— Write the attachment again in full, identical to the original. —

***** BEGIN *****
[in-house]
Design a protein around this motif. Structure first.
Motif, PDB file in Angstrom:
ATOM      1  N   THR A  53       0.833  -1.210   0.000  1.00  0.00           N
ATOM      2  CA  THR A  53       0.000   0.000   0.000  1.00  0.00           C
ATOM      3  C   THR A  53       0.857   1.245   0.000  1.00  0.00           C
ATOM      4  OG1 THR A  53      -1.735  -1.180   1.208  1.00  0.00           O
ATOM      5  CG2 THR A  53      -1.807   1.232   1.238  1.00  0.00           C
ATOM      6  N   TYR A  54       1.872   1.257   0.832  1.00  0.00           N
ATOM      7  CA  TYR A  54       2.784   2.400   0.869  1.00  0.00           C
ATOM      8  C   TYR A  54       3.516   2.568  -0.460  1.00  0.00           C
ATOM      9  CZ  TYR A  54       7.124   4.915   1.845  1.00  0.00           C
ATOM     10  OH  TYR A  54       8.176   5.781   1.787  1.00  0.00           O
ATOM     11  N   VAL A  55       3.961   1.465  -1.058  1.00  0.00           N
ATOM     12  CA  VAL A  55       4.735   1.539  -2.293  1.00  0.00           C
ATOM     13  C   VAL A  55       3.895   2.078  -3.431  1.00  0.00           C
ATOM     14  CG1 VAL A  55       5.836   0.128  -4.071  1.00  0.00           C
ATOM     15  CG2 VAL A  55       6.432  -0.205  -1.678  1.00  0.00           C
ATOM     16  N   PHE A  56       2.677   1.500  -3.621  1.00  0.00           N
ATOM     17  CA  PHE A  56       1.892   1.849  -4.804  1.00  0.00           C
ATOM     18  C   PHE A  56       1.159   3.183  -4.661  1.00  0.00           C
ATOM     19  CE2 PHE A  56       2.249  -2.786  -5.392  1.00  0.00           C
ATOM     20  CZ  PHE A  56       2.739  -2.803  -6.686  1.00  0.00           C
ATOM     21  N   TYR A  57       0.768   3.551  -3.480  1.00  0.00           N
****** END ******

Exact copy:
[in-house]
Design a protein around this motif. Structure first.
Motif, PDB file in Angstrom:
ATOM      1  N   THR A  53       0.833  -1.210   0.000  1.00  0.00           N
ATOM      2  CA  THR A  53       0.000   0.000   0.000  1.00  0.00           C
ATOM      3  C   THR A  53       0.857   1.245   0.000  1.00  0.00           C
ATOM      4  OG1 THR A  53      -1.735  -1.180   1.208  1.00  0.00           O
ATOM      5  CG2 THR A  53      -1.807   1.232   1.238  1.00  0.00           C
ATOM      6  N   TYR A  54       1.872   1.257   0.832  1.00  0.00           N
ATOM      7  CA  TYR A  54       2.784   2.400   0.869  1.00  0.00           C
ATOM      8  C   TYR A  54       3.516   2.568  -0.460  1.00  0.00           C
ATOM      9  CZ  TYR A  54       7.124   4.915   1.845  1.00  0.00           C
ATOM     10  OH  TYR A  54       8.176   5.781   1.787  1.00  0.00           O
ATOM     11  N   VAL A  55       3.961   1.465  -1.058  1.00  0.00           N
ATOM     12  CA  VAL A  55       4.735   1.539  -2.293  1.00  0.00           C
ATOM     13  C   VAL A  55       3.895   2.078  -3.431  1.00  0.00           C
ATOM     14  CG1 VAL A  55       5.836   0.128  -4.071  1.00  0.00           C
ATOM     15  CG2 VAL A  55       6.432  -0.205  -1.678  1.00  0.00           C
ATOM     16  N   PHE A  56       2.677   1.500  -3.621  1.00  0.00           N
ATOM     17  CA  PHE A  56       1.892   1.849  -4.804  1.00  0.00           C
ATOM     18  C   PHE A  56       1.159   3.183  -4.661  1.00  0.00           C
ATOM     19  CE2 PHE A  56       2.249  -2.786  -5.392  1.00  0.00           C
ATOM     20  CZ  PHE A  56       2.739  -2.803  -6.686  1.00  0.00           C
ATOM     21  N   TYR A  57       0.768   3.551  -3.480  1.00  0.00           N